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Bertha's Restaurant

Turquoise and purple building.
Bertha’s
Bill Addison

Established in 1979, iconic soul food stop Bertha's Kitchen is known for their fried chicken and fish, and heralded for their Southern sides. Everyone from famous chefs and food writers to locals and tourists seems to make the trek to Bertha's to take in the now-famous dishes created by the late founder Albertha Grant.

Turquoise and purple building.
Bertha’s
Bill Addison

Martha Lou's Kitchen

Since 1983, the tiny pink restaurant on Morrison Drive has been home to some of the best fried chicken in the South. Macaroni and cheese, collard greens, catfish — name a true Southern comfort food and Martha Lou’s will probably have it. Wash it down with a glass of iced cold sweet tea for pure Southern bliss.

Hannibal's Kitchen

Hannibal's Kitchen has served the Charleston community for over 40 years. The casual soul food restaurant is located on the Eastside of town, away from the normal tourist path, but locals know that this is the place to seek out for okra soup, shark steak, and a lima bean plate.

Dave's Carry Out

The little corner fish shack Dave’s Carry-Out is unassuming with their plastic tablecloths and styrofoam platters, but they have consistently served up big plates of fried fresh catches and fixin’s since 1987. The current address is their third location, but the shrimp platters and deviled crab recipes are the same.

H&R Sweet Shop

Started in 1947, Old Village institution H&R Sweet Shop still serves up classics for retro prices. The kitchen serves one of the best cheeseburgers or pork sandwiches around for under $5. The place doesn’t look like it’s had any work done to it in 20 years, and the decor is sparse — but you’re there to taste a piece of history.

Gene's Haufbrau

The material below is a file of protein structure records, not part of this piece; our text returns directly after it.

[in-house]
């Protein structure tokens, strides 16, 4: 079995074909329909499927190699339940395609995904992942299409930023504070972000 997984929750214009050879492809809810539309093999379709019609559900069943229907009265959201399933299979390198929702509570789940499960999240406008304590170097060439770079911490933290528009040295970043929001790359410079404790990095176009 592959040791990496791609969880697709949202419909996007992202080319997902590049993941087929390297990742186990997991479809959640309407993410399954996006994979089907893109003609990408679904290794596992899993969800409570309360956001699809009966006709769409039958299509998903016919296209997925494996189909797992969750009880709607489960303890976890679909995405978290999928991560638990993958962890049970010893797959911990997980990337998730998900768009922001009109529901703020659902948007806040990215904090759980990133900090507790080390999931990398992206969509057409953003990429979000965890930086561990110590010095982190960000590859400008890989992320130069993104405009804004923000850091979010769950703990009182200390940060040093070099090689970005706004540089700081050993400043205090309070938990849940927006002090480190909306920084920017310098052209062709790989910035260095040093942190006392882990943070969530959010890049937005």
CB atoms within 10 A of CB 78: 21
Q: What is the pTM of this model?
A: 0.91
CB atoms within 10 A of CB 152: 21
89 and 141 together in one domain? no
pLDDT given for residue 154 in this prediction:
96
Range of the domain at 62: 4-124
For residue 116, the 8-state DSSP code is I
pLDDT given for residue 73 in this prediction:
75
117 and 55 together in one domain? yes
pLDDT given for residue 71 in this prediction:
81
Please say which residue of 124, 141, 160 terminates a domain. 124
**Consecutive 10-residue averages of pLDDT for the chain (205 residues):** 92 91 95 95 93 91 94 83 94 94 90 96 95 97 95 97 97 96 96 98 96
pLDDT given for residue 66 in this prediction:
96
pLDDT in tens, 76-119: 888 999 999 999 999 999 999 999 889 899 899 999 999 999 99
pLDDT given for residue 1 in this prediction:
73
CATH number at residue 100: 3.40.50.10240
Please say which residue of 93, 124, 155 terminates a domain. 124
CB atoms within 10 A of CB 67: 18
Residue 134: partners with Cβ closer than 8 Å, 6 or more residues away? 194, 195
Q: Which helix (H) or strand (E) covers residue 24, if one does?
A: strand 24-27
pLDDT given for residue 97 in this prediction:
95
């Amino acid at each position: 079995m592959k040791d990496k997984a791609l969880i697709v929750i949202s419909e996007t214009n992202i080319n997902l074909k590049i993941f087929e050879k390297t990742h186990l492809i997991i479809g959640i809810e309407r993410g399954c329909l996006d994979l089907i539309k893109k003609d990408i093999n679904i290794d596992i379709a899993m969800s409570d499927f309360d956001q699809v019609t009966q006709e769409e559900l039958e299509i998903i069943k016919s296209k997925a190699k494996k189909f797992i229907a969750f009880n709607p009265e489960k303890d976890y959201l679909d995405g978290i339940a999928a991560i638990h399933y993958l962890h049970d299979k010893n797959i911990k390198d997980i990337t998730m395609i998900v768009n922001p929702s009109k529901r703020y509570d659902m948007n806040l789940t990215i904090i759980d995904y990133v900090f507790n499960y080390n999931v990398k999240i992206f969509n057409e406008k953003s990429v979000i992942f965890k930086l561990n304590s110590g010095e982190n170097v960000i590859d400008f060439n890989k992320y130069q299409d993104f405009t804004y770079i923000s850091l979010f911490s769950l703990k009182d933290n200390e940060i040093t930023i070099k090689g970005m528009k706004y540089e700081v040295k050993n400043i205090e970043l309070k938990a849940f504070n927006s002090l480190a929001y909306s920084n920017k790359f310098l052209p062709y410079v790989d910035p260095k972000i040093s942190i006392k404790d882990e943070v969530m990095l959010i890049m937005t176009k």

Established in 1952, Gene’s Haufbrau is the area’s oldest bar still in operation. It’s a dive with the standard selection of bar snacks, pool tables, and an extensive beer list with plenty of local selections on tap. Lots of character (and characters) in this establishment.

Hank's Seafood

The youngest restaurant on this list, Hank's Seafood opened in 1999 to critical acclaim. The menu serves classic, fresh from the ocean dishes, like Seafood a la Wando or curried shrimp, and traditional fried shrimp plates. Chef Frank McMahon sought to recreate Charleston fish houses of the past and succeeded with Hank's.

Peninsula Grill

Dining at the Peninsula Grill is a special, opulent experience. Jackets are preferred in the velvet-lined dining room, but not required to indulge in the classics. If you simply want to dip your toe in luxury, before diving in, stop by the champagne bar for a slice of their world-famous coconut cake. Peninsula Grill joined the dining scene in 1997.

Charleston Grill

charleston grill

Charleston Grill is fine dining at its best. Located in the stunning Belmond Charleston Place, the Grill is home to one of the most elegant menus in Charleston. The seasonal menu has four categories: Pure, Southern, Cosmopolitan and Lush, but you can mix and match and create the perfect meal. Chef Michelle Weaver has been with the restaurant since 1997.

charleston grill

Fulton Five

Erin Perkins

Italian restaurant Fulton Five is consistently voted "Most Romantic" year after year. The slightly hidden entrance and intimate interiors of the restaurant (built in 1991) are a hit with locals and couples looking for a quiet date night.

Erin Perkins

The Griffon Pub

The Griffon

The little dive bar near Waterfront Park started in 1996, which was also when the practice of stapling dollar bills to the wall began. The Griffon has deals on beer and some of the best fish and chips around. Go for a pint if you're near East Bay.